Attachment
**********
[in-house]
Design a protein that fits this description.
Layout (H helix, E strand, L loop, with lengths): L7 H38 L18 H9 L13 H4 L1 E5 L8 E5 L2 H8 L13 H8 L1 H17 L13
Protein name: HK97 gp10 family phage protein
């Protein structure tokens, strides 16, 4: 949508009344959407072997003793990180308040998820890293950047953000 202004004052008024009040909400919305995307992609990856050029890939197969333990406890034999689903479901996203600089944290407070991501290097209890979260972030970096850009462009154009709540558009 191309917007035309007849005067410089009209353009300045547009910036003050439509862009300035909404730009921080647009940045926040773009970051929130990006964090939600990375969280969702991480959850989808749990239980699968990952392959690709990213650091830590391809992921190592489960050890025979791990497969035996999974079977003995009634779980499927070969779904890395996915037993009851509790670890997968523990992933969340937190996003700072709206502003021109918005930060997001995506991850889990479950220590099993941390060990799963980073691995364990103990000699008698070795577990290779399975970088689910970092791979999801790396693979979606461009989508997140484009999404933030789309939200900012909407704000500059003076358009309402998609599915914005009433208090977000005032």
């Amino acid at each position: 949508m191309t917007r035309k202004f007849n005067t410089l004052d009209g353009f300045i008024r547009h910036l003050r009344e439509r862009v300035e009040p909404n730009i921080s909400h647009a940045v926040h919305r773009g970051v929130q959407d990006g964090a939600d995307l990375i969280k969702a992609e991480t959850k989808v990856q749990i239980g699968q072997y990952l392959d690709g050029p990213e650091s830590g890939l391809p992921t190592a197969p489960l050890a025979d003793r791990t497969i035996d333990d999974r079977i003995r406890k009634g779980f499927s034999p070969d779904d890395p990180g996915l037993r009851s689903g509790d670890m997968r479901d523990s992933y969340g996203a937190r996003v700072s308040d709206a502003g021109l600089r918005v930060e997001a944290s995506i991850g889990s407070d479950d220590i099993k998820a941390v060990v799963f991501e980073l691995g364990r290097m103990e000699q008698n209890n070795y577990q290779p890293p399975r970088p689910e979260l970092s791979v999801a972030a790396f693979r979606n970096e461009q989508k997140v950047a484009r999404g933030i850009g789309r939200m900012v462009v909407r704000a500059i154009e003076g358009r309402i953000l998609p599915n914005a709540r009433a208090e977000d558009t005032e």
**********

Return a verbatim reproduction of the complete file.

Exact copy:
[in-house]
Design a protein that fits this description.
Layout (H helix, E strand, L loop, with lengths): L7 H38 L18 H9 L13 H4 L1 E5 L8 E5 L2 H8 L13 H8 L1 H17 L13
Protein name: HK97 gp10 family phage protein
């Protein structure tokens, strides 16, 4: 949508009344959407072997003793990180308040998820890293950047953000 202004004052008024009040909400919305995307992609990856050029890939197969333990406890034999689903479901996203600089944290407070991501290097209890979260972030970096850009462009154009709540558009 191309917007035309007849005067410089009209353009300045547009910036003050439509862009300035909404730009921080647009940045926040773009970051929130990006964090939600990375969280969702991480959850989808749990239980699968990952392959690709990213650091830590391809992921190592489960050890025979791990497969035996999974079977003995009634779980499927070969779904890395996915037993009851509790670890997968523990992933969340937190996003700072709206502003021109918005930060997001995506991850889990479950220590099993941390060990799963980073691995364990103990000699008698070795577990290779399975970088689910970092791979999801790396693979979606461009989508997140484009999404933030789309939200900012909407704000500059003076358009309402998609599915914005009433208090977000005032």
């Amino acid at each position: 949508m191309t917007r035309k202004f007849n005067t410089l004052d009209g353009f300045i008024r547009h910036l003050r009344e439509r862009v300035e009040p909404n730009i921080s909400h647009a940045v926040h919305r773009g970051v929130q959407d990006g964090a939600d995307l990375i969280k969702a992609e991480t959850k989808v990856q749990i239980g699968q072997y990952l392959d690709g050029p990213e650091s830590g890939l391809p992921t190592a197969p489960l050890a025979d003793r791990t497969i035996d333990d999974r079977i003995r406890k009634g779980f499927s034999p070969d779904d890395p990180g996915l037993r009851s689903g509790d670890m997968r479901d523990s992933y969340g996203a937190r996003v700072s308040d709206a502003g021109l600089r918005v930060e997001a944290s995506i991850g889990s407070d479950d220590i099993k998820a941390v060990v799963f991501e980073l691995g364990r290097m103990e000699q008698n209890n070795y577990q290779p890293p399975r970088p689910e979260l970092s791979v999801a972030a790396f693979r979606n970096e461009q989508k997140v950047a484009r999404g933030i850009g789309r939200m900012v462009v909407r704000a500059i154009e003076g358009r309402i953000l998609p599915n914005a709540r009433a208090e977000d558009t005032e």